In fact, I saw Boyfriends on Wednesday evening, midway though its successful run at the Fringe. It appears that the ghosts in the machine stole my review, and I’m now rewriting it on Monday, with the show having mellowed a few days in my head. As with scotch and men, I think time has improved my enjoyment of Boyfriends as well.
Boyfriends, written by Alexander Carson and Nicholas Martin, is an imagined backstory for the stars of the 1970 film Husbands. Not the characters, mind you – this is an imagined evening in the lives of the three stars when they’re much younger. I imagine that a theatregoer with some familiarity with any of those actors – Ben Gazzara, Peter Falk, and John Cassavetes – would have a richer experience of this play than I did. Without that, I was left to take it on its merits, which were somewhat uneven but in the end enough to make it worth seeing.
In this production, Ben and Peter are moving John into his new apartment. John invites Shirley, an escort, to the apartment and sets up a game in which they see which of them can most successfully woo her. Shirley, played by Katerina Georgieva, is marvelous in this role. She lets the audience see her managing the men – and the situation – just enough; it’s utterly right without falling over the fine line into parody. Johnathan Sousa was well cast as Peter, and brought an openness to the role that seemed perfectly true to the character. He’s the sensitive one; he falls for Shirley a little, and we get the sense that he could fall a little for anyone who was kind to him. It was well done.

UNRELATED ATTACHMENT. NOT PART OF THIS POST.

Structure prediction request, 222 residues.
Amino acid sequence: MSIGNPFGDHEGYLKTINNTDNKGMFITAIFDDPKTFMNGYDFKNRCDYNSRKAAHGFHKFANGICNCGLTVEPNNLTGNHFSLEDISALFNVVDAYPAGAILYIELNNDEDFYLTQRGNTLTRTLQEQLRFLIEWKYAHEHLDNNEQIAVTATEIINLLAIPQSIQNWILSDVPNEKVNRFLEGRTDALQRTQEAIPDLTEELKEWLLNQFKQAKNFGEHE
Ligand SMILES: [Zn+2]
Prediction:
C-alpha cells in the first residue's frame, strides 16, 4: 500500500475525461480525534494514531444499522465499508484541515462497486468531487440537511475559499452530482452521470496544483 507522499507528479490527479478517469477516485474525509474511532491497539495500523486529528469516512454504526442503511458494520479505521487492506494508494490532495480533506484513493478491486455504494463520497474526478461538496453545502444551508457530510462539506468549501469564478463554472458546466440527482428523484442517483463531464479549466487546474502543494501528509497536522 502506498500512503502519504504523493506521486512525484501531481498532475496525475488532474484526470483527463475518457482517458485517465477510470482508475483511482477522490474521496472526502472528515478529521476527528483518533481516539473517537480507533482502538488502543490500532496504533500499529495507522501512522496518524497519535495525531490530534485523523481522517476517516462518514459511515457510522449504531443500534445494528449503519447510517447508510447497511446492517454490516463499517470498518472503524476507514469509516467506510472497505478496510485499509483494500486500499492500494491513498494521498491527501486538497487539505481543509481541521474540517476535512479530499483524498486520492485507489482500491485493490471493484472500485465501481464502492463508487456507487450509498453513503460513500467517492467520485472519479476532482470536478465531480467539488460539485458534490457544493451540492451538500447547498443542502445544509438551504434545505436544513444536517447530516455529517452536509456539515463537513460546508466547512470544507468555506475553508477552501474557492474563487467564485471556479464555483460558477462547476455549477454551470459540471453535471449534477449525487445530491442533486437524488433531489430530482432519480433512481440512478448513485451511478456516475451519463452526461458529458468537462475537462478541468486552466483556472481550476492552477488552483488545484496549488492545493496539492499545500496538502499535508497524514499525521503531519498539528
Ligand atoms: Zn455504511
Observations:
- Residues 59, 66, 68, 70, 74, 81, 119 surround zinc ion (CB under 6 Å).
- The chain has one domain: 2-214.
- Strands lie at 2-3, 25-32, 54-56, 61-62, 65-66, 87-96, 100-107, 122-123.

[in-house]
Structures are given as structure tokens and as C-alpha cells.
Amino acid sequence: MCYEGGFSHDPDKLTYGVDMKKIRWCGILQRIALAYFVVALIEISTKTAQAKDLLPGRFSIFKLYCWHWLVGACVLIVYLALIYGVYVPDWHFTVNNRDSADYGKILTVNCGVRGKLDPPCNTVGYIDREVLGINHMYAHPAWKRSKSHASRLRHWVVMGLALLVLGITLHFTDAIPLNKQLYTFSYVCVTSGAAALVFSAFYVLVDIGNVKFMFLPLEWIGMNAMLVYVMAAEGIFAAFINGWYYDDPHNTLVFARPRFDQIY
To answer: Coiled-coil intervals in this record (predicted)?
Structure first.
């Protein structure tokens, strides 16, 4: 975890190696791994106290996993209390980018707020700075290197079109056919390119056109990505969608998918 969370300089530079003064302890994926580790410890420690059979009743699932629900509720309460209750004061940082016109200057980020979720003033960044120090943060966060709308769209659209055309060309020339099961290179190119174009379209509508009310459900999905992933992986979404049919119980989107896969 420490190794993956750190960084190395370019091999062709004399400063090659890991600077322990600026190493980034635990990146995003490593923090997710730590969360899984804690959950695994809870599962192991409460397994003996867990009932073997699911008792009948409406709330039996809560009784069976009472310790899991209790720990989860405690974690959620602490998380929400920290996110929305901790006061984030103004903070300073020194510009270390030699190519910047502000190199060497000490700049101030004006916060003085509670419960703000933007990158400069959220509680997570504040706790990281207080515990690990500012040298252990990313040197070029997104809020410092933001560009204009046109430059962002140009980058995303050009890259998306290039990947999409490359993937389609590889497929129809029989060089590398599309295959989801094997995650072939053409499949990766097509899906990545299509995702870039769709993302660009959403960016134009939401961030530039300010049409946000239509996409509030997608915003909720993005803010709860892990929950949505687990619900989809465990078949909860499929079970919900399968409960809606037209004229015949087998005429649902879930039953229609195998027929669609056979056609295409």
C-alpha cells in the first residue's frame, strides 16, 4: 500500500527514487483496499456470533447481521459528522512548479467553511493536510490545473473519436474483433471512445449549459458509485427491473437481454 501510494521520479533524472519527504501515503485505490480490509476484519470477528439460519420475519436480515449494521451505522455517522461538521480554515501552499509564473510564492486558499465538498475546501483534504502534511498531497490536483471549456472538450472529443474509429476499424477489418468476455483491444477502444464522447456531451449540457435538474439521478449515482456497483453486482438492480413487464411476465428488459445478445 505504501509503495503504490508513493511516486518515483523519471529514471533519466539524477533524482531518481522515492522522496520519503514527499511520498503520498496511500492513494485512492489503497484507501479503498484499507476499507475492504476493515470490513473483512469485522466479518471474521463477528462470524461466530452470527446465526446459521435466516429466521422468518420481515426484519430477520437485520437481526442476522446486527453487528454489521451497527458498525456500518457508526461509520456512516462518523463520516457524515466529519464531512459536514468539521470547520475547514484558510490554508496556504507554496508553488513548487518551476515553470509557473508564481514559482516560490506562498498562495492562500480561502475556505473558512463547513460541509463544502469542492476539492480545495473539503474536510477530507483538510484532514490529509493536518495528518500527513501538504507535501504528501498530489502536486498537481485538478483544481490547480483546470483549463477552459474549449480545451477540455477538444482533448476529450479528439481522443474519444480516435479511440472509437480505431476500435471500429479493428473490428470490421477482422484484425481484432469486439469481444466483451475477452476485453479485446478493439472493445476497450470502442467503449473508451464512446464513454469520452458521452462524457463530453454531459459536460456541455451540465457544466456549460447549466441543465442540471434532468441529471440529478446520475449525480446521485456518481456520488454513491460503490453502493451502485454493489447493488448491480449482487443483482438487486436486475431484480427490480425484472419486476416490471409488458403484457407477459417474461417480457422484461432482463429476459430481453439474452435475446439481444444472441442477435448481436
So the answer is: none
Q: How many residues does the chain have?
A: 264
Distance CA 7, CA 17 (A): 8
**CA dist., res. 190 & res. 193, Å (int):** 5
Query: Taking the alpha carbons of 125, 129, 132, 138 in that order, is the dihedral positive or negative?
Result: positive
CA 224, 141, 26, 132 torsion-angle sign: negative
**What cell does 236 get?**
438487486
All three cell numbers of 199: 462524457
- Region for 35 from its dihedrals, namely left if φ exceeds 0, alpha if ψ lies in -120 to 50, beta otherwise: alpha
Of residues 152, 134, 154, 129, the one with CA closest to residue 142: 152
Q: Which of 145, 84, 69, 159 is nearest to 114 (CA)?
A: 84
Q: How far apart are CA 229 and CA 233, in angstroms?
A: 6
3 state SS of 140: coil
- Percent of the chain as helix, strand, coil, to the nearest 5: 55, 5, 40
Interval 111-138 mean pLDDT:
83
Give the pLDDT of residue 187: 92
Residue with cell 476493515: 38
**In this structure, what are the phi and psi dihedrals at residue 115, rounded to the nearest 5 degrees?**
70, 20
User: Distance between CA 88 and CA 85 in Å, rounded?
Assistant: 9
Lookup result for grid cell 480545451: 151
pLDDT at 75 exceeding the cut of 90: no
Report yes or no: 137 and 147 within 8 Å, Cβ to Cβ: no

I deeply wished that Nadeem Umar-Khitab, the actor who played Ben, came with a speed control of some kind, and director Benjamin Carson seems not to have found it either. Despite a lot of natural charisma, Umar-Khitab’s delivery ended up making nearly everything seem like an argument. I understood that the play was in some part about these friends who argue often, but I wanted some variation to the pace and volume.
We see less of Edward Charette then anyone else in his role as John, but he was solidly fine if also somewhat speedy. As it ended up, I felt a little tired by the fast loudness of large chunks of the work. That may account for my fondness for Georgieva and Sousa – they provided one of the few quiet, natural moments in the show.
For some reason, sound designer Jonah Greenbaum-Shinder made the choice to have the sound of rain running nonstop through the entire production, which I am forced to assume was a choice about movie-style realism. For sure, I am a less-is-more kind of guy when it comes to pre-recorded sound cues, but this was aurally numbing for me, and made it hard to hear the actors. I wouldn’t have done it. That said, I still think the piece is certainly worth seeing – especially for fans of the actors who have become characters of this film.